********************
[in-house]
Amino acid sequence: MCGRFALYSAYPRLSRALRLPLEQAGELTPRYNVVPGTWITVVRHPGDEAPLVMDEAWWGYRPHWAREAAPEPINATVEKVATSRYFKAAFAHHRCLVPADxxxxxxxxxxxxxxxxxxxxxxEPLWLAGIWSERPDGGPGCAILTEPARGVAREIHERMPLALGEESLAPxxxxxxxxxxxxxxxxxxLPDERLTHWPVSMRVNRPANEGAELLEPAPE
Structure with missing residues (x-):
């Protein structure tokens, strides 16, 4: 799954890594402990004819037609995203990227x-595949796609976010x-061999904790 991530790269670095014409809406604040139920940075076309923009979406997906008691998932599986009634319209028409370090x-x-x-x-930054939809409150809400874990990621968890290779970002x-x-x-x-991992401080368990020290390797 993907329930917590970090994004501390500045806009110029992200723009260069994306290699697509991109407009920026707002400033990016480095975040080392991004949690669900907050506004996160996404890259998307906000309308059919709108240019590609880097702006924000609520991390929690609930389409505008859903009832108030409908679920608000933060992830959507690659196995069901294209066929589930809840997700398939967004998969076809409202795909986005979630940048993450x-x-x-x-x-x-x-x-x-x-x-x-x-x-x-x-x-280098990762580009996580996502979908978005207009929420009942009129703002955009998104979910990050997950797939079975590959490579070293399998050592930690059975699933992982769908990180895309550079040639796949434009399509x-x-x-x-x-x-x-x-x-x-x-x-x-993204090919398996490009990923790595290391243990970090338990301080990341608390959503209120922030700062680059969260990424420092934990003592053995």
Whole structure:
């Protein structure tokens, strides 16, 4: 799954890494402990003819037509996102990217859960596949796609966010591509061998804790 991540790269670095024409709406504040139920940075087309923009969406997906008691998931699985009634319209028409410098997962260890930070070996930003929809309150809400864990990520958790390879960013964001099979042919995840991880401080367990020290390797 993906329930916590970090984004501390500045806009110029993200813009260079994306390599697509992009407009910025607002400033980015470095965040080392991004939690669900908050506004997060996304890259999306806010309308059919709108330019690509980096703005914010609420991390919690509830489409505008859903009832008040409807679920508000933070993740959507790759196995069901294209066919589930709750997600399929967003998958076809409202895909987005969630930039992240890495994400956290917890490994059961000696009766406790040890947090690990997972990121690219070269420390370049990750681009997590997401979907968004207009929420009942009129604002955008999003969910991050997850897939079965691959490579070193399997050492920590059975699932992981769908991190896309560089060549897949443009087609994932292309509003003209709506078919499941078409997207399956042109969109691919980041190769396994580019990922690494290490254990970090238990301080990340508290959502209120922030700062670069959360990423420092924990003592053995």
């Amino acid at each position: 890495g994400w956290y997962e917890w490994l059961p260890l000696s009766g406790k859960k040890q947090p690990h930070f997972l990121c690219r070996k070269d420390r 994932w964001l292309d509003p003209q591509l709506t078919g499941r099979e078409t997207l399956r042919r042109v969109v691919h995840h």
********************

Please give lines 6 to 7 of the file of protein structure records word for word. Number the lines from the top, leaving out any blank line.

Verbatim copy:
């Protein structure tokens, strides 16, 4: 799954890494402990003819037509996102990217859960596949796609966010591509061998804790 991540790269670095024409709406504040139920940075087309923009969406997906008691998931699985009634319209028409410098997962260890930070070996930003929809309150809400864990990520958790390879960013964001099979042919995840991880401080367990020290390797 993906329930916590970090984004501390500045806009110029993200813009260079994306390599697509992009407009910025607002400033980015470095965040080392991004939690669900908050506004997060996304890259999306806010309308059919709108330019690509980096703005914010609420991390919690509830489409505008859903009832008040409807679920508000933070993740959507790759196995069901294209066919589930709750997600399929967003998958076809409202895909987005969630930039992240890495994400956290917890490994059961000696009766406790040890947090690990997972990121690219070269420390370049990750681009997590997401979907968004207009929420009942009129604002955008999003969910991050997850897939079965691959490579070193399997050492920590059975699932992981769908991190896309560089060549897949443009087609994932292309509003003209709506078919499941078409997207399956042109969109691919980041190769396994580019990922690494290490254990970090238990301080990340508290959502209120922030700062670069959360990423420092924990003592053995």
């Amino acid at each position: 890495g994400w956290y997962e917890w490994l059961p260890l000696s009766g406790k859960k040890q947090p690990h930070f997972l990121c690219r070996k070269d420390r 994932w964001l292309d509003p003209q591509l709506t078919g499941r099979e078409t997207l399956r042919r042109v969109v691919h995840h």